Beautiful panoramic view of the Kura river from the medieval Ananuri fortress.

Kura River

The largest river in Transcaucasia, which encompasses the countries of Georgia, Armenia, and Azerbaijan, is the Kura River. Flowing through the Caucasus Mountains, it is its snowmelt from these mountains that feeds the river. For thousands of years, the Kura has been an important force for economic development in Turkey and the surrounding area because of its use for irrigation. However, lowering water levels due to human activity poses a potential problem for the surrounding environment. Despite the environmental issues, the Kura still proves to be one of the most important rivers in the region. 


View of the Kura River from the Peace Bridge Tbilisi
View of the Kura River from the Peace Bridge Tbilisi
The Kura flows east through the mighty Greater Caucasus Mountains, the major mountain range in the Caucasus Mountains. The river starts in northeastern Turkey and flows through Turkey to Georgia and Azerbaijan. Once the river reaches Azerbaijan, the Aras River meets the Kura at the right tributary. The Aras is the largest tributary of the Kura River. As the river flows on, it enters the Caspian Sea at Neftcala.  The total length of the river is 1,515 kilometers and drains an area of 188,000 sq km.
Since the Kura is in the mountains, it is above sea level. Most of the elevation changes happen within the first 200 kilometers of the river. The river starts at 2,740 meters above sea level but is only 291 meters above sea level when it reaches Azerbaijan.

The Course of The River

Kura River seen from ancient rock-hewn town called Uplistsikhe in Georgia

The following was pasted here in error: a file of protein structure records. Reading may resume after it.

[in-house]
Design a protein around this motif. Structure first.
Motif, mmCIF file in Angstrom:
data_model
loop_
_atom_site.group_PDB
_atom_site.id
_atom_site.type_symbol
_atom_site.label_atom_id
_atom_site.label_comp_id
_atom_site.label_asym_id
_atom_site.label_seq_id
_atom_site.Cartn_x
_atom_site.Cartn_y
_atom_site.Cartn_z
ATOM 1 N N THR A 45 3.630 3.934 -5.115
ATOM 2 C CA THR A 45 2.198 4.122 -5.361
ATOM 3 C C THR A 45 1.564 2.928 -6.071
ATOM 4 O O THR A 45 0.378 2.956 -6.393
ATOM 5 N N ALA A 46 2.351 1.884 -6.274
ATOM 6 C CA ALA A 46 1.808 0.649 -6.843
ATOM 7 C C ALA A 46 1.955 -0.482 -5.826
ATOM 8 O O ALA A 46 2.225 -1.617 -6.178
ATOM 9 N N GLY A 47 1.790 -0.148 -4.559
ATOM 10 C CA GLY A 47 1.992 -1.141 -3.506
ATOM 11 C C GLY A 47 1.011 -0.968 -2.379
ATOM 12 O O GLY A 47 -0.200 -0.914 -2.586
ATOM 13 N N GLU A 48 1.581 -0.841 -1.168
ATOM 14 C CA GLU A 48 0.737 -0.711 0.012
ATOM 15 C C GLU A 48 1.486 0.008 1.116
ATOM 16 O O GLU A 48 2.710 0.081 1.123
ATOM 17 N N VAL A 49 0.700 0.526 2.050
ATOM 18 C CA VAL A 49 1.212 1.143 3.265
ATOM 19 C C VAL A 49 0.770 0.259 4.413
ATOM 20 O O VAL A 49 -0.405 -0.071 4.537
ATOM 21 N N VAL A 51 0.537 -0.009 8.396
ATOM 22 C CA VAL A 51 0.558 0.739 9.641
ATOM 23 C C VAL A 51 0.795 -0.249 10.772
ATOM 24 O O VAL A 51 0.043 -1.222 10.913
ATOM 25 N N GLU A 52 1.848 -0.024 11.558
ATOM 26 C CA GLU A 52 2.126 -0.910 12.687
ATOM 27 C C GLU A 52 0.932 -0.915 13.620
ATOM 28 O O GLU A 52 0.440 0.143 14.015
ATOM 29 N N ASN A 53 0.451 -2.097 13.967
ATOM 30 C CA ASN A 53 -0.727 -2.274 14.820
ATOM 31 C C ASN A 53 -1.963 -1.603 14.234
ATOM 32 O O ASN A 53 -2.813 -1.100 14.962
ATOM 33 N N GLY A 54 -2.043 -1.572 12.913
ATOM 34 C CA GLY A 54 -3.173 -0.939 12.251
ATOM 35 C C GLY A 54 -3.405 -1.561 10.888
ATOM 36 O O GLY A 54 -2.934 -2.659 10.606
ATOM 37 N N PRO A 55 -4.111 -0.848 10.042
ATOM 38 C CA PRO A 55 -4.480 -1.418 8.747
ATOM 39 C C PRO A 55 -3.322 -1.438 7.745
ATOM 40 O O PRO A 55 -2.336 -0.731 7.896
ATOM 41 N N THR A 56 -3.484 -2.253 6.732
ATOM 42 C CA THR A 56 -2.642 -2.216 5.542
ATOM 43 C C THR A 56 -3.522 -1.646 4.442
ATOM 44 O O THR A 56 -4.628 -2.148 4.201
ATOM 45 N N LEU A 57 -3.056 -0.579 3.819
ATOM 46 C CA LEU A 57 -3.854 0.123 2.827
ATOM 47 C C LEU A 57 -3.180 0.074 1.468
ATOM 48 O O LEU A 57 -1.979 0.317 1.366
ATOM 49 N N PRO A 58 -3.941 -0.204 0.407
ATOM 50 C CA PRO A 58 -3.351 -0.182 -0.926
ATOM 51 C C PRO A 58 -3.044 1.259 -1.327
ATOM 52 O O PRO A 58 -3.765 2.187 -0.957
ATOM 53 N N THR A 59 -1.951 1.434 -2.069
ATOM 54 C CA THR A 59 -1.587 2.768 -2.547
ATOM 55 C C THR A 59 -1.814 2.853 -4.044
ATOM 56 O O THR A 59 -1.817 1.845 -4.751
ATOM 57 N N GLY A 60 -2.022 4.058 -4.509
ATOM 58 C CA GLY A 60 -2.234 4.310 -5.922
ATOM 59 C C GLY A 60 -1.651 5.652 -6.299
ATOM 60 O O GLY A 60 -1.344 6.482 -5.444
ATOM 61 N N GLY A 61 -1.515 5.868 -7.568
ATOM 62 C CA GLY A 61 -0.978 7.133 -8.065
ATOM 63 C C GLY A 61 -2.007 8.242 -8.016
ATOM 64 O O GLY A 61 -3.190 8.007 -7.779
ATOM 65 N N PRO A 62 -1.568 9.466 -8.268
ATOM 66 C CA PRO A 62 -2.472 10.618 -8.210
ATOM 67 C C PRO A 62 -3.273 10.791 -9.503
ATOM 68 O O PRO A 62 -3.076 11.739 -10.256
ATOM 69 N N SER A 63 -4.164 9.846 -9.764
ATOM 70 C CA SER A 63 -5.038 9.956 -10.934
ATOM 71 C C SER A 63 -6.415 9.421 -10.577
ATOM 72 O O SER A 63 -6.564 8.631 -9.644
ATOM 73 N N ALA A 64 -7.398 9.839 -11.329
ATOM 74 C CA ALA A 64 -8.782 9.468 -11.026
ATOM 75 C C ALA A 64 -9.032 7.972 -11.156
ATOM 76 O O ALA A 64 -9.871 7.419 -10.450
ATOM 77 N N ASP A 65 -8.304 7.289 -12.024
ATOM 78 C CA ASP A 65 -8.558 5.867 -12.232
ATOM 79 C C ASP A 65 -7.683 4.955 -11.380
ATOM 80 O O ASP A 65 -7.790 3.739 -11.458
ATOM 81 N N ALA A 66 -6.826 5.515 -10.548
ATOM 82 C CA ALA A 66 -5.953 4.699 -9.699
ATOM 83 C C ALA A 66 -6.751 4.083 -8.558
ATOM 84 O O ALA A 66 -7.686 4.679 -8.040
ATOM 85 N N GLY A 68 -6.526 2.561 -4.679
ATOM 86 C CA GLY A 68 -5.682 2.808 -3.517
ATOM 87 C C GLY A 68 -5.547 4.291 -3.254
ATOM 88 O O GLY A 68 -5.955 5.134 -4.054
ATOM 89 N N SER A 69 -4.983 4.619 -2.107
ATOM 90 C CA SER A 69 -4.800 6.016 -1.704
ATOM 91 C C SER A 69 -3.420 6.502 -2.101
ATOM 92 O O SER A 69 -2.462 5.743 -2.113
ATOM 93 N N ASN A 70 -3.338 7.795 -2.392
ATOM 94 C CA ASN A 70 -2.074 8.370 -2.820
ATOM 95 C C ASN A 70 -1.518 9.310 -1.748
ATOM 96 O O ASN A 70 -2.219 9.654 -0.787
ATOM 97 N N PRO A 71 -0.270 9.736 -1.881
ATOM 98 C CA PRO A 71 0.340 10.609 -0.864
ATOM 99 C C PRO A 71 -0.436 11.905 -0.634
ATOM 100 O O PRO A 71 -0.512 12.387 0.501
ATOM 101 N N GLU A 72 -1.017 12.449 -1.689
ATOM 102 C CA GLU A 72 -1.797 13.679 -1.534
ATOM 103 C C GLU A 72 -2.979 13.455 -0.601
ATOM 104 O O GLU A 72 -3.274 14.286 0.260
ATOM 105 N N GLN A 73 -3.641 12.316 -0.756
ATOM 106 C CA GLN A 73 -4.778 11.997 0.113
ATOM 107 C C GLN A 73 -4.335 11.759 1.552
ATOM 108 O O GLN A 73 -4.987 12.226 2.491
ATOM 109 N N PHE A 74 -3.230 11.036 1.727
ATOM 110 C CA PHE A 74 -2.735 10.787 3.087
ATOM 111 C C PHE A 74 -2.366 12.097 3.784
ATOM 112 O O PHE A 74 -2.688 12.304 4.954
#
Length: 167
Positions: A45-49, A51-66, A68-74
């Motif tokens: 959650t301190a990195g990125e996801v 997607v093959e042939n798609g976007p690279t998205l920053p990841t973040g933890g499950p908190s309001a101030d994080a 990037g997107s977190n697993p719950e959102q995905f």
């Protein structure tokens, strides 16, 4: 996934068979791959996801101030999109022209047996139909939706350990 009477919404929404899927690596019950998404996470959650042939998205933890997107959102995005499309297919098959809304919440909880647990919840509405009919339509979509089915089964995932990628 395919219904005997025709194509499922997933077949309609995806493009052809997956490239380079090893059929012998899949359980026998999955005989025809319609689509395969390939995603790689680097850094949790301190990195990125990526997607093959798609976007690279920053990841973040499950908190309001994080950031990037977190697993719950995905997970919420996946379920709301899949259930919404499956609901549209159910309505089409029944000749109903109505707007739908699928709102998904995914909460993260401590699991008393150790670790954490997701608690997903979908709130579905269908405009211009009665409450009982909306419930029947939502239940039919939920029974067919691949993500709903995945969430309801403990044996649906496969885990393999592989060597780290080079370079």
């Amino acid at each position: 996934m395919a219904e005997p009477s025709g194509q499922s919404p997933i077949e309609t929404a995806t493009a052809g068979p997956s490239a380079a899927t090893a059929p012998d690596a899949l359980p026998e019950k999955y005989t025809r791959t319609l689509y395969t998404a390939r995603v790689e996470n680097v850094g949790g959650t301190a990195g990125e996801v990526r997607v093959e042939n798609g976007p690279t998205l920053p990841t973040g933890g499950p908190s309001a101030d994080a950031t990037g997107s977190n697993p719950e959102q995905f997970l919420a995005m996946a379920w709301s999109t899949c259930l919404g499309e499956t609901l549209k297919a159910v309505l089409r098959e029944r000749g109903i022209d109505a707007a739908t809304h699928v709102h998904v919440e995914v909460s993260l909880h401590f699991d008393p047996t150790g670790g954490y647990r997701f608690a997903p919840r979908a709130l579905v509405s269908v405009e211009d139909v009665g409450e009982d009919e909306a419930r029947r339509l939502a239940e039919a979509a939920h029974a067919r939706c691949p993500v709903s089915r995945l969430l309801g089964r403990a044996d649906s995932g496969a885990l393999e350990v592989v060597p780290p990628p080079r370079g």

Kura River is seen from an ancient rock-hewn town called Uplistsikhe in Georgia.
The Kura drains into the the southern slopes of the Greater Caucasus east into the Caspian Sea and the Lesser Caucasus. The main tributary of the Kura drains into the south side of the Lesser Caucasus mountains. As the river cuts through the Lesser Caucasus mountains, it meanders through a series of gorges with many rapids. When the river flows above the Georgian capital, it reaches a dam built on the Mtskheta narrows before broadening into an extensive lowland.
Other rivers within the country of Armenia and most of the ones in Azerbaijan are entirely drained by the Kura. The Kura River serves as an important irrigation function for the areas it passes through and many of the tributaries of the Kura are a source of hydroelectric power.

Water Sources

The Kura (Mtkvari) river near Gori, Georgia
The Kura (Mtkvari) river near Gori, Georgia.
The main water source of the Kura is melting snow from glaciers in the mountains although rain also feeds into the river. In the spring, the water level in the river is the highest, and the variation in spring flooding from year to year changes. The water level variation continues throughout the first half of the summer.  During the rest of the year, the water level is low. Sometimes the water level of the river rises due to heavy rainfall. There is also a large amount of alluvium, clay deposits, silt, and sand left by flowing floodwater in the Kura River. This makes the river extremely cloudy and after strong rains in the drainages of the Kura left-coast tributaries, the Kura becomes even murkier. The Kura carries so much alluvium each year that the total discharge by the Kura to the estuary is around 36,300,000 tons per year. Since the Kura has so much discharge, the river is expanding. The Kura grows around 65 m into the sea each year.